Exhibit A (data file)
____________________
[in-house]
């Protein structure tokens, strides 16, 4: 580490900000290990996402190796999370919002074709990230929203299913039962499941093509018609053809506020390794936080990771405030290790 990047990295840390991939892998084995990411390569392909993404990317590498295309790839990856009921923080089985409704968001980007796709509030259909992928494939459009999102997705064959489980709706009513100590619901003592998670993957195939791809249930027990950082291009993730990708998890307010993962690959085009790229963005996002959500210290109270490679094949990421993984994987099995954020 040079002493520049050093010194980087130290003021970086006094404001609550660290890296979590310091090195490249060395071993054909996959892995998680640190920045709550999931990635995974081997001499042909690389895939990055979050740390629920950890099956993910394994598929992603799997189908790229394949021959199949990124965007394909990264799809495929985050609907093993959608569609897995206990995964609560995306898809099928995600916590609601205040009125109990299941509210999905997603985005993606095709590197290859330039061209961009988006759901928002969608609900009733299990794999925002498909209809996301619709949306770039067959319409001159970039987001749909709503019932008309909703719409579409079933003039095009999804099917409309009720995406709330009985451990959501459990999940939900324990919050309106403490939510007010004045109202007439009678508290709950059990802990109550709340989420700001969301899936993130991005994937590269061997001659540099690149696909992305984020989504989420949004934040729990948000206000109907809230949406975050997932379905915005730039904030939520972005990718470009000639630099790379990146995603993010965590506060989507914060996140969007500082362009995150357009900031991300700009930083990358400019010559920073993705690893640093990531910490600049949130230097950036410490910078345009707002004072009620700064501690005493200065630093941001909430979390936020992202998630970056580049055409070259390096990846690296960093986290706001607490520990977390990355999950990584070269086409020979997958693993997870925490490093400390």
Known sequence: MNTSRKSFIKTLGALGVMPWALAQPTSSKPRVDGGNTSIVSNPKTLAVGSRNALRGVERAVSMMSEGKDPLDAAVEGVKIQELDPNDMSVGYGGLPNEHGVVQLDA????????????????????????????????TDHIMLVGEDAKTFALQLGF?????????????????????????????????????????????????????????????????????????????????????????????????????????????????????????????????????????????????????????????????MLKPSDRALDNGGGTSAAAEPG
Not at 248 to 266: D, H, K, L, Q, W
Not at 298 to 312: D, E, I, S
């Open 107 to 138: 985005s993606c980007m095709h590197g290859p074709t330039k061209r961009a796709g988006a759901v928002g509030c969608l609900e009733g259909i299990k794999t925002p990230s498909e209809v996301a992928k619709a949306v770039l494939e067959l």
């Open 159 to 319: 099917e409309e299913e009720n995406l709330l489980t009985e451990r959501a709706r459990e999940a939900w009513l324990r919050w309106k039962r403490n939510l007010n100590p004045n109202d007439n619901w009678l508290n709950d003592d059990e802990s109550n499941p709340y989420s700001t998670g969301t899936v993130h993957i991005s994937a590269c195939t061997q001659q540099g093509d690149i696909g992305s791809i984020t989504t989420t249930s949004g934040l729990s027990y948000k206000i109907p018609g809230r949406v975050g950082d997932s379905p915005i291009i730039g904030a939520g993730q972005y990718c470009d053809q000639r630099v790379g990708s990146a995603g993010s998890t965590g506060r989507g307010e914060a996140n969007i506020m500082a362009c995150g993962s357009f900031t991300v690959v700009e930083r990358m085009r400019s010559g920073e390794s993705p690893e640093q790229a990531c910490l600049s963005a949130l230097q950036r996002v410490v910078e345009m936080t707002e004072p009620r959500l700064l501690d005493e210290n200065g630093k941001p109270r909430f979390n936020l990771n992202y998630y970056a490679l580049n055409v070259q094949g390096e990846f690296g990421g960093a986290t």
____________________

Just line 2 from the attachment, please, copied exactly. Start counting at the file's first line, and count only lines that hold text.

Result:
């Protein structure tokens, strides 16, 4: 580490900000290990996402190796999370919002074709990230929203299913039962499941093509018609053809506020390794936080990771405030290790 990047990295840390991939892998084995990411390569392909993404990317590498295309790839990856009921923080089985409704968001980007796709509030259909992928494939459009999102997705064959489980709706009513100590619901003592998670993957195939791809249930027990950082291009993730990708998890307010993962690959085009790229963005996002959500210290109270490679094949990421993984994987099995954020 040079002493520049050093010194980087130290003021970086006094404001609550660290890296979590310091090195490249060395071993054909996959892995998680640190920045709550999931990635995974081997001499042909690389895939990055979050740390629920950890099956993910394994598929992603799997189908790229394949021959199949990124965007394909990264799809495929985050609907093993959608569609897995206990995964609560995306898809099928995600916590609601205040009125109990299941509210999905997603985005993606095709590197290859330039061209961009988006759901928002969608609900009733299990794999925002498909209809996301619709949306770039067959319409001159970039987001749909709503019932008309909703719409579409079933003039095009999804099917409309009720995406709330009985451990959501459990999940939900324990919050309106403490939510007010004045109202007439009678508290709950059990802990109550709340989420700001969301899936993130991005994937590269061997001659540099690149696909992305984020989504989420949004934040729990948000206000109907809230949406975050997932379905915005730039904030939520972005990718470009000639630099790379990146995603993010965590506060989507914060996140969007500082362009995150357009900031991300700009930083990358400019010559920073993705690893640093990531910490600049949130230097950036410490910078345009707002004072009620700064501690005493200065630093941001909430979390936020992202998630970056580049055409070259390096990846690296960093986290706001607490520990977390990355999950990584070269086409020979997958693993997870925490490093400390």